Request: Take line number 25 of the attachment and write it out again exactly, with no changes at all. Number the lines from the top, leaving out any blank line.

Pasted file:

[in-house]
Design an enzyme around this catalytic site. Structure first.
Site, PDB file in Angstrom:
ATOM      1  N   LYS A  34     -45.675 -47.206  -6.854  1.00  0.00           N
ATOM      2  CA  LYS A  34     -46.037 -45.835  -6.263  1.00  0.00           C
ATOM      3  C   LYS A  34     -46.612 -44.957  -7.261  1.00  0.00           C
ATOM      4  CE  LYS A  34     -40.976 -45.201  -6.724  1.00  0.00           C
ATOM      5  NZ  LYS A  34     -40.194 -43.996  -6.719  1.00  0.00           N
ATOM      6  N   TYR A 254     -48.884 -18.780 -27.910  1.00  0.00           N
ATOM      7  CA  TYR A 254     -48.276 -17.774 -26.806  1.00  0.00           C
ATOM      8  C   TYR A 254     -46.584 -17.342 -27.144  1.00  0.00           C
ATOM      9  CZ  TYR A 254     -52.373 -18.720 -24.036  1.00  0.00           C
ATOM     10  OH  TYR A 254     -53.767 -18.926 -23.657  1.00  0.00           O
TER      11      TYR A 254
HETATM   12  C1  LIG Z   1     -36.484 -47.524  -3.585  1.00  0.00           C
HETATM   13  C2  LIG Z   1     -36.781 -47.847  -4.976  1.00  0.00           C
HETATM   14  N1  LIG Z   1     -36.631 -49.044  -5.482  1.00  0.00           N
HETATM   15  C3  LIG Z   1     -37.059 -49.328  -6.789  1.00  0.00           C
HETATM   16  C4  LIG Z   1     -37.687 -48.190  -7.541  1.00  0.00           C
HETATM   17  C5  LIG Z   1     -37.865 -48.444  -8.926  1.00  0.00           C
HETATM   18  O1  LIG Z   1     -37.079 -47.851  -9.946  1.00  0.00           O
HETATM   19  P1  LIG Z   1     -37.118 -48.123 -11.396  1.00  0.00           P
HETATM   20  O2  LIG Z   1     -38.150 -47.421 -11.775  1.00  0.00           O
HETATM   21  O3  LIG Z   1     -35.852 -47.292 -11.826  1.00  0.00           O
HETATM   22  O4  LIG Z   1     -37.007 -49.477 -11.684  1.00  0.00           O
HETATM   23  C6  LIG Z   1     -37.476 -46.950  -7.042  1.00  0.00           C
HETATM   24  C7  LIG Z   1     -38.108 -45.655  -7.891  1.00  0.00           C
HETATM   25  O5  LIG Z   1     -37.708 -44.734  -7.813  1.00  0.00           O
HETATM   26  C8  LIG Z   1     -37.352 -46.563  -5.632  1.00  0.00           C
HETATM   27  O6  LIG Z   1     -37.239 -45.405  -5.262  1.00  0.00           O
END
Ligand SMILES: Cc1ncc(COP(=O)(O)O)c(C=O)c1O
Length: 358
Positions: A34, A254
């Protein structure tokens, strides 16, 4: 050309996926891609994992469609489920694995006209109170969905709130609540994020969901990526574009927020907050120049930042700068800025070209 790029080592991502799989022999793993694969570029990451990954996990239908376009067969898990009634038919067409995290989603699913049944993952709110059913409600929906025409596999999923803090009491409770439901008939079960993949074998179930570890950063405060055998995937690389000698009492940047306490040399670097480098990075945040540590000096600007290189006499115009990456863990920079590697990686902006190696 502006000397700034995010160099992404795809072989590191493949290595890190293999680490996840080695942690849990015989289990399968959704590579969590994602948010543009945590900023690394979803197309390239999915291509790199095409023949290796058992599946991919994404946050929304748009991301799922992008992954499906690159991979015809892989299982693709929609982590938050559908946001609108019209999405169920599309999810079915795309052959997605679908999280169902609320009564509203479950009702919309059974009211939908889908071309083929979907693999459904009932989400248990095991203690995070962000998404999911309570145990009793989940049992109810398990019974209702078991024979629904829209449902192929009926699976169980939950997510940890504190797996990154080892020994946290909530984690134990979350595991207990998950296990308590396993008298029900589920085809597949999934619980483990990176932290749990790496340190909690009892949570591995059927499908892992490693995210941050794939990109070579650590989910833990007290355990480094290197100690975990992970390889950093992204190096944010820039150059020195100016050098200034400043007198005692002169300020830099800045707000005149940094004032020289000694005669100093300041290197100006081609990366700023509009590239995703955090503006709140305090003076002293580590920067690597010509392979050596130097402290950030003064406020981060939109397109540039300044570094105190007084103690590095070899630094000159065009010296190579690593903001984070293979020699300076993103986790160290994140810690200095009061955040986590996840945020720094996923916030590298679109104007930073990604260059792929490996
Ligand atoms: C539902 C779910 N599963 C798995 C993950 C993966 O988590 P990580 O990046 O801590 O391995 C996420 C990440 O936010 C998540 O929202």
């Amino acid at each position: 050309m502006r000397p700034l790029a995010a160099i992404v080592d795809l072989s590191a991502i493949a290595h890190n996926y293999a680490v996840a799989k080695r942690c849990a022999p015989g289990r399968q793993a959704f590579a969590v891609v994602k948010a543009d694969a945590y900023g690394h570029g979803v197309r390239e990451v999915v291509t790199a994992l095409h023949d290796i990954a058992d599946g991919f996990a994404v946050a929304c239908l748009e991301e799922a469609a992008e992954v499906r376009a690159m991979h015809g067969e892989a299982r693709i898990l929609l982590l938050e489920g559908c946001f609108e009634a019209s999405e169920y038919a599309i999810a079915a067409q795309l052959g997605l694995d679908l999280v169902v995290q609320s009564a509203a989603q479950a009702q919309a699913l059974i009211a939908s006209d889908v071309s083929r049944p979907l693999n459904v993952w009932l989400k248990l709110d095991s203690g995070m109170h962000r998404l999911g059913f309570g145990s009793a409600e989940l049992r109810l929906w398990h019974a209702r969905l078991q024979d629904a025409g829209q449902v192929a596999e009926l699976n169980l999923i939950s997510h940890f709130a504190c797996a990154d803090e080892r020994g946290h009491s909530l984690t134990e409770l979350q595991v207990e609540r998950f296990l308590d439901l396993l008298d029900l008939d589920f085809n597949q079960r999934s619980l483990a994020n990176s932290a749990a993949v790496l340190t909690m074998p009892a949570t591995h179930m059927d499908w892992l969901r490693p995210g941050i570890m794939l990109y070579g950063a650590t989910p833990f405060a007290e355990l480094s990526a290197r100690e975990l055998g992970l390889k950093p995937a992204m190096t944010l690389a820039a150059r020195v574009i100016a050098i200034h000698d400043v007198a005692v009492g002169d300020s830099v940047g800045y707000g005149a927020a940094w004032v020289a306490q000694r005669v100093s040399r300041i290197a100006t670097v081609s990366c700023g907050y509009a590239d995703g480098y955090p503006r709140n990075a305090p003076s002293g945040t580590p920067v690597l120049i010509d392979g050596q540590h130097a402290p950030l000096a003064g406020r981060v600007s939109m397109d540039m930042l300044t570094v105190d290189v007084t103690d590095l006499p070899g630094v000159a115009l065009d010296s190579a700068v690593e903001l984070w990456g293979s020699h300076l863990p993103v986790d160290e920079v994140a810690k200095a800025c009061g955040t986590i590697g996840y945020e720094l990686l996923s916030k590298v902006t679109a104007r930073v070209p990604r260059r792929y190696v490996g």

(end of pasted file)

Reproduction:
HETATM   22  O4  LIG Z   1     -37.007 -49.477 -11.684  1.00  0.00           O